“Palm Beach of Route 17”: How real estate agents are wooing wealthy New Yorkers hurt by Trump tax law

Brokers in South Florida and New Jersey are aiming to lure New York buyers with lower taxes

Mar.March 21, 2019 10:15 AM

A home in Saddle River, New Jersey with palm trees (Credit: Pexels and Wikipedia)

There could be some SALT in the wound for New Yorkers come April 15.

Some living in high-income tax, high-property tax areas like New York City and its tony suburbs may be surprised by their tax returns this year. President Trump’s Tax Cut and Jobs Act promised to cut taxes, but limits on state and local levies that can be deducted may adversely affect wealthier tax filers, Bloomberg reports. And some people are turning to real estate professionals for advice.

Up to 11 million taxpayers will be affected by so-called SALT deductions on taxes they file this year, Bloomberg found, and they stand to lose a collective $323 billion.

Real estate brokers in South Florida have sought to capitalize on the new law, attempting to woo New York buyers with promises of low income tax. Now, local realtors in New Jersey are also seeking to lure buyers, Bloomberg found, by advertising small decreases in property taxes across county and town lines.

For example, Saddle River in New Jersey hired a public relations firm to rebrand the town as the “Palm Beach of Route 17,” Bloomberg reported. The town keeps taxes low by opting not to have a public high school, sidewalks or many services found in neighboring towns. [Bloomberg] – Decca Muldowney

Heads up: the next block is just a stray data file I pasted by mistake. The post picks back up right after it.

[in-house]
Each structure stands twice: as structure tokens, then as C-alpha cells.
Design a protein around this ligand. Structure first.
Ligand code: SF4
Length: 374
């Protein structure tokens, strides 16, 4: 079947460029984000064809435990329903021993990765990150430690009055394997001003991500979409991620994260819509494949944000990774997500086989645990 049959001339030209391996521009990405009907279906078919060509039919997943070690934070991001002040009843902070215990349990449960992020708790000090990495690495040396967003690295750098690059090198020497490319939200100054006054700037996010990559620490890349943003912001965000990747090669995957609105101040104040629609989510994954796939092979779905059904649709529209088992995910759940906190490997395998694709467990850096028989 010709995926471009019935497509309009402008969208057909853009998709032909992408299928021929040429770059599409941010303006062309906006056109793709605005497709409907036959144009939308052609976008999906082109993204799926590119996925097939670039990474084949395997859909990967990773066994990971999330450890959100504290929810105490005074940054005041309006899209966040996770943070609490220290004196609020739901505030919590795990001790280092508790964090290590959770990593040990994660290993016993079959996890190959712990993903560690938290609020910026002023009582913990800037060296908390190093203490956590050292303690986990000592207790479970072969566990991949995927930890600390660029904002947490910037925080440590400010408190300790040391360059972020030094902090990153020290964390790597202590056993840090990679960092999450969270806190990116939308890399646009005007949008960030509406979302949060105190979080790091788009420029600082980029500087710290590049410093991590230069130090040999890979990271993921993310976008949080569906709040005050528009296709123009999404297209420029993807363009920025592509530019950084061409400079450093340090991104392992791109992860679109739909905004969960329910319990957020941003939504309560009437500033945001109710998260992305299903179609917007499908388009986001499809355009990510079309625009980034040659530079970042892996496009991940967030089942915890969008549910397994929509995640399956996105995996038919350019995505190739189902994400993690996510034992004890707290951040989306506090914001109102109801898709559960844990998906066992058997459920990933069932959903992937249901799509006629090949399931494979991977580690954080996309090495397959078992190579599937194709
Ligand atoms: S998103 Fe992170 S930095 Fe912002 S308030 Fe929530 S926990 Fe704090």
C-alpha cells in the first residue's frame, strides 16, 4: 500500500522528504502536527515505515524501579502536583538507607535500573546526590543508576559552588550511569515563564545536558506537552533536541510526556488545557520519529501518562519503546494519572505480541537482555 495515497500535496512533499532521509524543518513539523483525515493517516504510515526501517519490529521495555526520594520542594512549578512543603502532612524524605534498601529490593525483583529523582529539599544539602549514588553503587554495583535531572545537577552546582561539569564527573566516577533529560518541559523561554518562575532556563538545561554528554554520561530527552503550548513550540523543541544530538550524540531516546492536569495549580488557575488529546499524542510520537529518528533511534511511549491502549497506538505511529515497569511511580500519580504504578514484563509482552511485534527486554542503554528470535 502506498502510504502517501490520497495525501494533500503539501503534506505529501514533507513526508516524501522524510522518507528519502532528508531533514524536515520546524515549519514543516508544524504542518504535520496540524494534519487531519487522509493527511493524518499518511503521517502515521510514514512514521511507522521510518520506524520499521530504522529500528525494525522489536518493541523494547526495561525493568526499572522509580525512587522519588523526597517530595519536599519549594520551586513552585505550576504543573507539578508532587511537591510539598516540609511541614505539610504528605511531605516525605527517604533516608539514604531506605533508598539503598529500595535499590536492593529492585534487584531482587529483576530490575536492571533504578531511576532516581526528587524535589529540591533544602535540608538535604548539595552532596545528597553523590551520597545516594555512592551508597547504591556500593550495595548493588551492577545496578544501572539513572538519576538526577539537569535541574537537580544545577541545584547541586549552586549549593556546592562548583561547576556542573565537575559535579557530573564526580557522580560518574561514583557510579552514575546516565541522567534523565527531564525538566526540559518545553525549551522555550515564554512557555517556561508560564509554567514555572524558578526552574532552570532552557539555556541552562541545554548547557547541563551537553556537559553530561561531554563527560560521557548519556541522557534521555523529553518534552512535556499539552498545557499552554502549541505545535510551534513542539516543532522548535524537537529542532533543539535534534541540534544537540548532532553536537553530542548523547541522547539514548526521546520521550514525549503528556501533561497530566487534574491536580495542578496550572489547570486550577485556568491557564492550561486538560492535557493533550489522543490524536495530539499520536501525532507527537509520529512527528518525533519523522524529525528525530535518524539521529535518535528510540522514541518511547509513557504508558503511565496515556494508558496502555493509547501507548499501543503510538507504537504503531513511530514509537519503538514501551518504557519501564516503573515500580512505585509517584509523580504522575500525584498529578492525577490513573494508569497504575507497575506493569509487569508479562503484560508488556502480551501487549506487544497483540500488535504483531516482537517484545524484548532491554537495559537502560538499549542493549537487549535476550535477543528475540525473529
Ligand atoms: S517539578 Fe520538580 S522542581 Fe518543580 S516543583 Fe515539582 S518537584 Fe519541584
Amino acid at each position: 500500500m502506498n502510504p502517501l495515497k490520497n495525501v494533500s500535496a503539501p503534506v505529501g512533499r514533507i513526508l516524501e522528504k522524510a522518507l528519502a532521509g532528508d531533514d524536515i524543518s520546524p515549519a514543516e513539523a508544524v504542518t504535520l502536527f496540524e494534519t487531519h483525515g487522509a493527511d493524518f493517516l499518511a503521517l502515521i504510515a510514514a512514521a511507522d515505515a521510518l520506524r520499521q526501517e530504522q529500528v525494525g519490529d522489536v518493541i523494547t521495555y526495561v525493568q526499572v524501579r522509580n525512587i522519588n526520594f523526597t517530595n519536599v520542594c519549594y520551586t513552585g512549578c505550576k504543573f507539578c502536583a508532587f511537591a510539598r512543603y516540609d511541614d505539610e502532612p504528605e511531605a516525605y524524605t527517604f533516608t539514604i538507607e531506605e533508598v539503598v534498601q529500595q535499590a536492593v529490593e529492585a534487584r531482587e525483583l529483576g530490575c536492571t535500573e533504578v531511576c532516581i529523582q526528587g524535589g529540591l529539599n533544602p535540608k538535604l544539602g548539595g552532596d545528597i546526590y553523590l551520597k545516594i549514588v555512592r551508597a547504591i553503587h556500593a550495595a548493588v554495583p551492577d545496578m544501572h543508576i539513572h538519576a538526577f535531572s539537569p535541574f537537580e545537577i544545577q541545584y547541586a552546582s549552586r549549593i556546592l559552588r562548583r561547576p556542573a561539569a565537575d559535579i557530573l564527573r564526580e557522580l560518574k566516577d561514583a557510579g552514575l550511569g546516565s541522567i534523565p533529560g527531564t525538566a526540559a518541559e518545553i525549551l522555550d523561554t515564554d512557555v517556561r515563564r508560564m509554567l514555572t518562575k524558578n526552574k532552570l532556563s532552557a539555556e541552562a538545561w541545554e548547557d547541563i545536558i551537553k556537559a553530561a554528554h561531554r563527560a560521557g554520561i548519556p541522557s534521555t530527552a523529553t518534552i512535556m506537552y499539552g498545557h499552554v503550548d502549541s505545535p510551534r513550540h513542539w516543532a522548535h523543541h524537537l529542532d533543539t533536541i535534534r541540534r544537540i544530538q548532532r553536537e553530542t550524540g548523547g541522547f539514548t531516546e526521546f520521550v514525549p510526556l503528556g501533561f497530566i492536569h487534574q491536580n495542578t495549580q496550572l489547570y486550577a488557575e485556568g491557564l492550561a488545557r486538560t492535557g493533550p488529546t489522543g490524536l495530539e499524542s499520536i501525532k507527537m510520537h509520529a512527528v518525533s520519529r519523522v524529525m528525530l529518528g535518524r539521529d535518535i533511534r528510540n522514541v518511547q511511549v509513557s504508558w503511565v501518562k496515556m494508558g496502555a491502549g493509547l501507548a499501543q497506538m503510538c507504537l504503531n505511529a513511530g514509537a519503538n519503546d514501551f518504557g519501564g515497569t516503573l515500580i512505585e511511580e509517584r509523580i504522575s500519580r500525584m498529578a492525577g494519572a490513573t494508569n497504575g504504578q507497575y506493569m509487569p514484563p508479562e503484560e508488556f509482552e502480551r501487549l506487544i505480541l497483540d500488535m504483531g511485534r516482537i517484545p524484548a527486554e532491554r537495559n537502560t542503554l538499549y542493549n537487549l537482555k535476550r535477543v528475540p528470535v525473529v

Related Articles

A photo illustration of Michael Gianaris and Jeff Bezos (Credit: Getty Images, Wikipedia, iStock)

Gianaris wants to reform NYC tax credit programs that drew Amazon

Wall Street bonus season is the stuff home sellers’ dreams, as they picture eager buyers armed with hefty bonus checks and willing to pay top price. But in a buyer’s market that vision may be more like a mirage (Credit: iStock)

Here’s what Wall Street bonus season means for real estate this year

Adam Neumann and 78 Irving Place (Credit: Getty Images and StreetEasy)

Adam Neumann is asking $37M for Gramercy Park triplex

(Credit: iStock)

Residential rents continue upward march in Manhattan, Brooklyn and Queens

Redfin's Glenn Kelman (Credit: iStock)

“It’s on like Donkey Kong”: Redfin scrambling to keep up with iBuyer demand

Don Lemon and Tim Malone with their apartment at 2280 Frederick Douglass Boulevard 

CNN’s Don Lemon lists Harlem condo with fiancé broker Tim Malone

From left: 515 Park Avennue, Soori High Line, One Beacon Court, 53 East 67th Street and 15 Hudson Yards (Photos via Douglas Elliman, Compass, StreetEasy, Hudson Yards, Apartments)

Priciest homes to hit market include an UES building prime for mansion conversion

166 E. 81st St. (Credit: Google Maps, iStock)

UES townhouse once described as “infested with vermin” goes into contract